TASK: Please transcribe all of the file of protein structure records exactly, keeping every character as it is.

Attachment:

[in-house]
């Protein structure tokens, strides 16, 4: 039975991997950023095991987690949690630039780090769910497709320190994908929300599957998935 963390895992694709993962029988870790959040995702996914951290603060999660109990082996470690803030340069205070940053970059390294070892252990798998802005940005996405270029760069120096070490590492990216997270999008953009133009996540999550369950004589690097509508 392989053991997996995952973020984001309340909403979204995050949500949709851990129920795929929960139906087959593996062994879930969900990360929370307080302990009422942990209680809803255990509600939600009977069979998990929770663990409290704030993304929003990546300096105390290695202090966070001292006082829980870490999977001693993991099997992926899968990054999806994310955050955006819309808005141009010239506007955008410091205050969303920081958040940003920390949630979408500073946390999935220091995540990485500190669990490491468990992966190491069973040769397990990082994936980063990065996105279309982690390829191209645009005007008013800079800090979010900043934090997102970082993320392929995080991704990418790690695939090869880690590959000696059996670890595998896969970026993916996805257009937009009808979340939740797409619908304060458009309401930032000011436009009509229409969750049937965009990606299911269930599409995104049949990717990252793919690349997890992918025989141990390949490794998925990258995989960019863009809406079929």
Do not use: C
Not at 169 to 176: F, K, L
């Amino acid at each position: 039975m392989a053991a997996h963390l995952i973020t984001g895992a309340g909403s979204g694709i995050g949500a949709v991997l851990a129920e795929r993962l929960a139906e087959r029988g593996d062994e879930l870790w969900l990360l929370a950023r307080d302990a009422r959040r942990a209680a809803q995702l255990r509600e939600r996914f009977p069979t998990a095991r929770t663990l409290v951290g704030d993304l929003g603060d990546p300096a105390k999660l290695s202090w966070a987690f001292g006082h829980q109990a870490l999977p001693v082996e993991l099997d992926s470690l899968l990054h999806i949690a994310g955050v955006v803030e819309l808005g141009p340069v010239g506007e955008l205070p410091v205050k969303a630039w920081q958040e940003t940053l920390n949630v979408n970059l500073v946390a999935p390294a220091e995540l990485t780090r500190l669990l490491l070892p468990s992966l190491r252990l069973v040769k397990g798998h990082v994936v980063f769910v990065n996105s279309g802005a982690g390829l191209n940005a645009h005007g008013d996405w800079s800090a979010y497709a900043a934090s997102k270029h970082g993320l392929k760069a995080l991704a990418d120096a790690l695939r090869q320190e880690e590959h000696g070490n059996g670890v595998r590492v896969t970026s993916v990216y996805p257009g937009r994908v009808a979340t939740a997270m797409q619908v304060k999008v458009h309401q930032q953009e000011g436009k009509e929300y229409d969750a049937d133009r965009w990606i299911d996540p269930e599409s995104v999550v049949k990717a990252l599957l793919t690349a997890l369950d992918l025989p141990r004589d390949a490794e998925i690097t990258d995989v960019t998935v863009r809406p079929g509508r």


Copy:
[in-house]
């Protein structure tokens, strides 16, 4: 039975991997950023095991987690949690630039780090769910497709320190994908929300599957998935 963390895992694709993962029988870790959040995702996914951290603060999660109990082996470690803030340069205070940053970059390294070892252990798998802005940005996405270029760069120096070490590492990216997270999008953009133009996540999550369950004589690097509508 392989053991997996995952973020984001309340909403979204995050949500949709851990129920795929929960139906087959593996062994879930969900990360929370307080302990009422942990209680809803255990509600939600009977069979998990929770663990409290704030993304929003990546300096105390290695202090966070001292006082829980870490999977001693993991099997992926899968990054999806994310955050955006819309808005141009010239506007955008410091205050969303920081958040940003920390949630979408500073946390999935220091995540990485500190669990490491468990992966190491069973040769397990990082994936980063990065996105279309982690390829191209645009005007008013800079800090979010900043934090997102970082993320392929995080991704990418790690695939090869880690590959000696059996670890595998896969970026993916996805257009937009009808979340939740797409619908304060458009309401930032000011436009009509229409969750049937965009990606299911269930599409995104049949990717990252793919690349997890992918025989141990390949490794998925990258995989960019863009809406079929």
Do not use: C
Not at 169 to 176: F, K, L
């Amino acid at each position: 039975m392989a053991a997996h963390l995952i973020t984001g895992a309340g909403s979204g694709i995050g949500a949709v991997l851990a129920e795929r993962l929960a139906e087959r029988g593996d062994e879930l870790w969900l990360l929370a950023r307080d302990a009422r959040r942990a209680a809803q995702l255990r509600e939600r996914f009977p069979t998990a095991r929770t663990l409290v951290g704030d993304l929003g603060d990546p300096a105390k999660l290695s202090w966070a987690f001292g006082h829980q109990a870490l999977p001693v082996e993991l099997d992926s470690l899968l990054h999806i949690a994310g955050v955006v803030e819309l808005g141009p340069v010239g506007e955008l205070p410091v205050k969303a630039w920081q958040e940003t940053l920390n949630v979408n970059l500073v946390a999935p390294a220091e995540l990485t780090r500190l669990l490491l070892p468990s992966l190491r252990l069973v040769k397990g798998h990082v994936v980063f769910v990065n996105s279309g802005a982690g390829l191209n940005a645009h005007g008013d996405w800079s800090a979010y497709a900043a934090s997102k270029h970082g993320l392929k760069a995080l991704a990418d120096a790690l695939r090869q320190e880690e590959h000696g070490n059996g670890v595998r590492v896969t970026s993916v990216y996805p257009g937009r994908v009808a979340t939740a997270m797409q619908v304060k999008v458009h309401q930032q953009e000011g436009k009509e929300y229409d969750a049937d133009r965009w990606i299911d996540p269930e599409s995104v999550v049949k990717a990252l599957l793919t690349a997890l369950d992918l025989p141990r004589d390949a490794e998925i690097t990258d995989v960019t998935v863009r809406p079929g509508r």